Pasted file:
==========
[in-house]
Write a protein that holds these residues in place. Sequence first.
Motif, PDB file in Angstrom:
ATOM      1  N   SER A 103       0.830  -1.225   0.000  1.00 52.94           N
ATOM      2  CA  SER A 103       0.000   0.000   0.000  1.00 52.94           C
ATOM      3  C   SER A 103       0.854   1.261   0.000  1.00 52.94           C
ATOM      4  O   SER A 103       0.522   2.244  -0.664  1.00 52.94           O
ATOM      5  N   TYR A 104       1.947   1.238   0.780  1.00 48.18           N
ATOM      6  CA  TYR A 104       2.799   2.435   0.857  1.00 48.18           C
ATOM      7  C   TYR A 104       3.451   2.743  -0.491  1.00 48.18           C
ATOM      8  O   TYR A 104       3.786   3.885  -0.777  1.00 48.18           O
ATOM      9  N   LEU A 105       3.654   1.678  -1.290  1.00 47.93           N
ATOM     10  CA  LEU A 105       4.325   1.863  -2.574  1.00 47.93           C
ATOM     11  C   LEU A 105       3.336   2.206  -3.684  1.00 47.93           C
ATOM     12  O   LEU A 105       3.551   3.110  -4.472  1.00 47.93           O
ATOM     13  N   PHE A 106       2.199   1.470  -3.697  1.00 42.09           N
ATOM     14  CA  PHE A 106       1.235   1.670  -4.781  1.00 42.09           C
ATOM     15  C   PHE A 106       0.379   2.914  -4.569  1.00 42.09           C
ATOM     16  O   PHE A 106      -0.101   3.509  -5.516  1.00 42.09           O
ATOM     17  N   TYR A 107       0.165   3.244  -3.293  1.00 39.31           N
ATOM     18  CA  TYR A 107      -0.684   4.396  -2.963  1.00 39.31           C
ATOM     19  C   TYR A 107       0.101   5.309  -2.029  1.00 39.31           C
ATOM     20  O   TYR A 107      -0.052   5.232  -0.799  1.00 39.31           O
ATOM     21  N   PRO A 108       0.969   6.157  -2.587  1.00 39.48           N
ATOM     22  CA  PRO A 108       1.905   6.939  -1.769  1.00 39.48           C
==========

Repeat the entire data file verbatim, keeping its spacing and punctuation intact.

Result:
[in-house]
Write a protein that holds these residues in place. Sequence first.
Motif, PDB file in Angstrom:
ATOM      1  N   SER A 103       0.830  -1.225   0.000  1.00 52.94           N
ATOM      2  CA  SER A 103       0.000   0.000   0.000  1.00 52.94           C
ATOM      3  C   SER A 103       0.854   1.261   0.000  1.00 52.94           C
ATOM      4  O   SER A 103       0.522   2.244  -0.664  1.00 52.94           O
ATOM      5  N   TYR A 104       1.947   1.238   0.780  1.00 48.18           N
ATOM      6  CA  TYR A 104       2.799   2.435   0.857  1.00 48.18           C
ATOM      7  C   TYR A 104       3.451   2.743  -0.491  1.00 48.18           C
ATOM      8  O   TYR A 104       3.786   3.885  -0.777  1.00 48.18           O
ATOM      9  N   LEU A 105       3.654   1.678  -1.290  1.00 47.93           N
ATOM     10  CA  LEU A 105       4.325   1.863  -2.574  1.00 47.93           C
ATOM     11  C   LEU A 105       3.336   2.206  -3.684  1.00 47.93           C
ATOM     12  O   LEU A 105       3.551   3.110  -4.472  1.00 47.93           O
ATOM     13  N   PHE A 106       2.199   1.470  -3.697  1.00 42.09           N
ATOM     14  CA  PHE A 106       1.235   1.670  -4.781  1.00 42.09           C
ATOM     15  C   PHE A 106       0.379   2.914  -4.569  1.00 42.09           C
ATOM     16  O   PHE A 106      -0.101   3.509  -5.516  1.00 42.09           O
ATOM     17  N   TYR A 107       0.165   3.244  -3.293  1.00 39.31           N
ATOM     18  CA  TYR A 107      -0.684   4.396  -2.963  1.00 39.31           C
ATOM     19  C   TYR A 107       0.101   5.309  -2.029  1.00 39.31           C
ATOM     20  O   TYR A 107      -0.052   5.232  -0.799  1.00 39.31           O
ATOM     21  N   PRO A 108       0.969   6.157  -2.587  1.00 39.48           N
ATOM     22  CA  PRO A 108       1.905   6.939  -1.769  1.00 39.48           C